I have a bit of code that takes a timestamp with
const int64 start = Time::currentTimeMillis();
at some time, and then measures the time elapsed a few lines below with
const int64 delta = Time::currentTimeMillis() - start;
The code between the two calls is not relevant, suffice to say that it could take from a few seconds down to nearly nothing.
In consideration of that, I just assumed that delta would have been ranging from a few thousands down to 0 at minimum.
jassert (delta >= 0);
imagine my surprise when, seemingly at random times and only while letting the code run for many minutes, the above assertion was being hit, for apparently no reason.
After some thinking, I found the cause: the clock on my computer is set to be regularly updated with some internet time server. Also, it tends to run faster than actual/server time, so each of those regular updates actually sets it some seconds backwards. When said update happens between the two calls to Time::currentTimeMillis() above, I end up with a negative value of delta because the second call returned a value that's few seconds "before" the time represented by start.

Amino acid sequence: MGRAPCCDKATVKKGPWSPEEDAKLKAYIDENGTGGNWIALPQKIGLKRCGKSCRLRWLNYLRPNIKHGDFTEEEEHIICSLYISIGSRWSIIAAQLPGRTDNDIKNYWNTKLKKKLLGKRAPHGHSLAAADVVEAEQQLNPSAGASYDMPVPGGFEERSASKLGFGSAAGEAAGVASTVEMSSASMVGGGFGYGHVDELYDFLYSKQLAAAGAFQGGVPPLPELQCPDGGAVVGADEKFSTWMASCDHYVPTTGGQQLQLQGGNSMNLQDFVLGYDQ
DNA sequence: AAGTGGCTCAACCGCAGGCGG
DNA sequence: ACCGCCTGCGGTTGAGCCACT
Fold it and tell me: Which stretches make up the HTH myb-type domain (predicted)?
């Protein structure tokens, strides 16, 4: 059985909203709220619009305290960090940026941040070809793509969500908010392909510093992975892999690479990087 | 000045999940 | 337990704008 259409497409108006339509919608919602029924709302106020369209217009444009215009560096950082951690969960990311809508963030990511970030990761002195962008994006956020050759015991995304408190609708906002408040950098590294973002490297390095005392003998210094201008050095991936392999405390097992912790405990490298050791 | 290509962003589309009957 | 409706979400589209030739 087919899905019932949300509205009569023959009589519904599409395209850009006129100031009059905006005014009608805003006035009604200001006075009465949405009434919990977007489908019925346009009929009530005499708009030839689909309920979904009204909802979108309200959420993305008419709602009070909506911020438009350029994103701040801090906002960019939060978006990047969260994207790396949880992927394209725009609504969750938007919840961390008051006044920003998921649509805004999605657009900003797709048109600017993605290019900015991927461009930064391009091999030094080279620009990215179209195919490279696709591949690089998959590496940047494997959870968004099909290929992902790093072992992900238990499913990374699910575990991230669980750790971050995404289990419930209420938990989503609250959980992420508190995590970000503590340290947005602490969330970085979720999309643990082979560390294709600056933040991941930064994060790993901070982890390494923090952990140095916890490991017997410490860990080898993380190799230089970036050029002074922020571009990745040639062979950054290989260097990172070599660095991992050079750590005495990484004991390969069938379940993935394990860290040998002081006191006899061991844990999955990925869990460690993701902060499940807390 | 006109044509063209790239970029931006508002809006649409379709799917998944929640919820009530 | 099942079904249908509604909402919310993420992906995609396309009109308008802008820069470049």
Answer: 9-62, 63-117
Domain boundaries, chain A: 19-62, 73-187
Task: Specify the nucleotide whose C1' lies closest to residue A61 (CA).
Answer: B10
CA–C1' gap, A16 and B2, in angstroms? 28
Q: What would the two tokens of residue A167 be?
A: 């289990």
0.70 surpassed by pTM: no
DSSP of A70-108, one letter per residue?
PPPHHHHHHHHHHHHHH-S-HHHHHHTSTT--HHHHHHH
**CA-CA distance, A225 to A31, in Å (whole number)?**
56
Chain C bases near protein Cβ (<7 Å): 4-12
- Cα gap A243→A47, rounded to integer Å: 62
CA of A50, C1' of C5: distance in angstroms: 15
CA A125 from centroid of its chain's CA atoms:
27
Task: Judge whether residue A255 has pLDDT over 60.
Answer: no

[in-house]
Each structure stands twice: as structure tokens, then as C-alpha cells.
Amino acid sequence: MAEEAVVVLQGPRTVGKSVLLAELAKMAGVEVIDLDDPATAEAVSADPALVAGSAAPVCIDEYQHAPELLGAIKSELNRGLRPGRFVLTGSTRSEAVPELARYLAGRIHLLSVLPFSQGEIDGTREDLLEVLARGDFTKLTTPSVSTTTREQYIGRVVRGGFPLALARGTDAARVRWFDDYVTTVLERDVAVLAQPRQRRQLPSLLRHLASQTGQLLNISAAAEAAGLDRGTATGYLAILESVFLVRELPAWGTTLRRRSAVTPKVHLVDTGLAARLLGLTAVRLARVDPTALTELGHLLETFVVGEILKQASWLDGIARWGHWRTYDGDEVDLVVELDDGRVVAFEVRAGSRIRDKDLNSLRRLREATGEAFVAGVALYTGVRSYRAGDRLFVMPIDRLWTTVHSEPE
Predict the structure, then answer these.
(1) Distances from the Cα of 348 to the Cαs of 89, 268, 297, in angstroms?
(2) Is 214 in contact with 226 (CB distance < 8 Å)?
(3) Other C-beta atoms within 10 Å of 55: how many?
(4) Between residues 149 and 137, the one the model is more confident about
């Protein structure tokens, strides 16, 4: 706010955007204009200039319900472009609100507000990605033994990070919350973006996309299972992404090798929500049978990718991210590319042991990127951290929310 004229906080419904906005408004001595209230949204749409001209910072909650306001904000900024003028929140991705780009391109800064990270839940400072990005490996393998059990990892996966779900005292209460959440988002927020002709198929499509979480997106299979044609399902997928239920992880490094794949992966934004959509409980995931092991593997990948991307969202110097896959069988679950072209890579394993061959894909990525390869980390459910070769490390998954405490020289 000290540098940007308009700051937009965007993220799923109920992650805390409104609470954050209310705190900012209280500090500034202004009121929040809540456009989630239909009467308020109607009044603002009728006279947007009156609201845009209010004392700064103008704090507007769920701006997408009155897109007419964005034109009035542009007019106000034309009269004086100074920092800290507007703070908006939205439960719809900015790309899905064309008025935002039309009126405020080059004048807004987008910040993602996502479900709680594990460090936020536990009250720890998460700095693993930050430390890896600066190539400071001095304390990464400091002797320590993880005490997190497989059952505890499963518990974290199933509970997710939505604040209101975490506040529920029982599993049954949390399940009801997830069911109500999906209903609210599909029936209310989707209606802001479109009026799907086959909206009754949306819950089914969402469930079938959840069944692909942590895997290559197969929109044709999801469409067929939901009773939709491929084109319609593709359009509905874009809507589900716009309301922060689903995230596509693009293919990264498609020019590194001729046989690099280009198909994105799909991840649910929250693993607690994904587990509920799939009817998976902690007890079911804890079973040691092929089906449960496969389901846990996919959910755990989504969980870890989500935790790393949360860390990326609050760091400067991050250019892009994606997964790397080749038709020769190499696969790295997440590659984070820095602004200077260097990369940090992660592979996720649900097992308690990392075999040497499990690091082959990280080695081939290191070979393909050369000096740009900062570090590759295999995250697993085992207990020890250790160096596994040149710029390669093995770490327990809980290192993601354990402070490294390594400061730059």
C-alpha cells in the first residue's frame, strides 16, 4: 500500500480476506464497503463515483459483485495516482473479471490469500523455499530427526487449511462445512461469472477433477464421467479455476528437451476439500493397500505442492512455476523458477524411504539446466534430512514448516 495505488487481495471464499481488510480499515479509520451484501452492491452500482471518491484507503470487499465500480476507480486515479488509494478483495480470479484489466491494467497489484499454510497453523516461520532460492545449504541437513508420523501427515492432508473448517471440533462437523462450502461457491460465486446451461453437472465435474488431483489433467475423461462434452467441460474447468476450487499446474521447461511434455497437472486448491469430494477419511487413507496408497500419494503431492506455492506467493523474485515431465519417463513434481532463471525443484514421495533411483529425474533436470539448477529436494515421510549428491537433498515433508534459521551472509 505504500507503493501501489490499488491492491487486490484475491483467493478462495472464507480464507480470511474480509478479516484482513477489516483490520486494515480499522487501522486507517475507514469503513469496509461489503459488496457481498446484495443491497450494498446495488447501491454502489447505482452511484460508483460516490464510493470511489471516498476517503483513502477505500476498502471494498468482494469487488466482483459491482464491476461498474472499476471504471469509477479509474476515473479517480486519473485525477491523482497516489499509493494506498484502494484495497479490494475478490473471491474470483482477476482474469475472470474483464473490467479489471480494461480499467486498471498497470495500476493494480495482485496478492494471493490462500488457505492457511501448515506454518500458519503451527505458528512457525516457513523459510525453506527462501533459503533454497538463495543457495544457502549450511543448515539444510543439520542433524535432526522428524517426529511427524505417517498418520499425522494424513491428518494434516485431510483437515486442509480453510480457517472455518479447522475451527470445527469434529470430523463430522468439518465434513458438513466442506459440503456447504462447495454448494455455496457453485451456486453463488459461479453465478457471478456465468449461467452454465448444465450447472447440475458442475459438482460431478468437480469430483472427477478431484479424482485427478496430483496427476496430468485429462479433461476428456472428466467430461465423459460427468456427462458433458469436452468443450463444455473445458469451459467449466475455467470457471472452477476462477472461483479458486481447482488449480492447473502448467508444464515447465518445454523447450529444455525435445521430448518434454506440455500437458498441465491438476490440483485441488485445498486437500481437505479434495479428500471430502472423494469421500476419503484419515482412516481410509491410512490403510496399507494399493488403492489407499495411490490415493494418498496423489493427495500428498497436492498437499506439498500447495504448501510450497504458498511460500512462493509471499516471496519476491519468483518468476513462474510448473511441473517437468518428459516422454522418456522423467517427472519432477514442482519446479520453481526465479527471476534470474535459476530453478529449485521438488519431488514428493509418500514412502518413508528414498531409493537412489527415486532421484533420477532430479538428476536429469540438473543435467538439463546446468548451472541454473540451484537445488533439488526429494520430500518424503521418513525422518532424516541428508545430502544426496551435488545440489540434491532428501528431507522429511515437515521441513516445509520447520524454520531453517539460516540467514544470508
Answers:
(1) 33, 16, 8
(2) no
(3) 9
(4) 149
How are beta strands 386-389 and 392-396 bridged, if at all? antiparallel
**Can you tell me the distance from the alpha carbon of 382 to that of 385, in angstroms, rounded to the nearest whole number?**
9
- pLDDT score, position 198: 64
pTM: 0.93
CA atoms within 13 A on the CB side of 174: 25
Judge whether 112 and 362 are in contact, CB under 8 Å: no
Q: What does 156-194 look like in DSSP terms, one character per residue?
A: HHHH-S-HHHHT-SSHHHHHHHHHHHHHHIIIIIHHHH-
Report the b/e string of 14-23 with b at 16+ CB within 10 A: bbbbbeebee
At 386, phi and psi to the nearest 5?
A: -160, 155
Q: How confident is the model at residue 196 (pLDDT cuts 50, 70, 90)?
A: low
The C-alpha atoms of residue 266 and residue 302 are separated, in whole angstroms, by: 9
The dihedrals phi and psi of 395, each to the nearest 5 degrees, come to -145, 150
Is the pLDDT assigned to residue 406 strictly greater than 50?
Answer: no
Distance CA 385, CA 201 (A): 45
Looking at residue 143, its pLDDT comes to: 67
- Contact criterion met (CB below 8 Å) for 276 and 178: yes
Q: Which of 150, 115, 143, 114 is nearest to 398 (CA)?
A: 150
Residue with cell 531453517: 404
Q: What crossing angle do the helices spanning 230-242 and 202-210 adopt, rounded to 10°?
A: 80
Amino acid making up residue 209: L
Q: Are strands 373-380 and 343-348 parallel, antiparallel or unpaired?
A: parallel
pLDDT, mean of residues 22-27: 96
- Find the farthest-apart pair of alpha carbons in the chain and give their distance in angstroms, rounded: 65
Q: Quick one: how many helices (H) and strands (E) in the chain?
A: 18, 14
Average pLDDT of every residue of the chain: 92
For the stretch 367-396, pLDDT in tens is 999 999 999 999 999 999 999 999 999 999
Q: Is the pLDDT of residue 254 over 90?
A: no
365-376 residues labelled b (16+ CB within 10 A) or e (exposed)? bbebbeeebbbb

Now the actual question: since I think this is a quite common pattern, and equally common is the assumption that the value returned by Time::currentTimeMillis() is expected to only grow in value between calls, what do you think about tweaking Time::currentTimeMillis() so that it only returns non-decreasing numbers, i.e. it will never yield a value that's lower than a value that was returned by a previous call?
(with a static value inside the function to hold the latest returned value, the implementation of this could be far easier than the description of the potential and counterintuitive issue in the documentation of the function itself)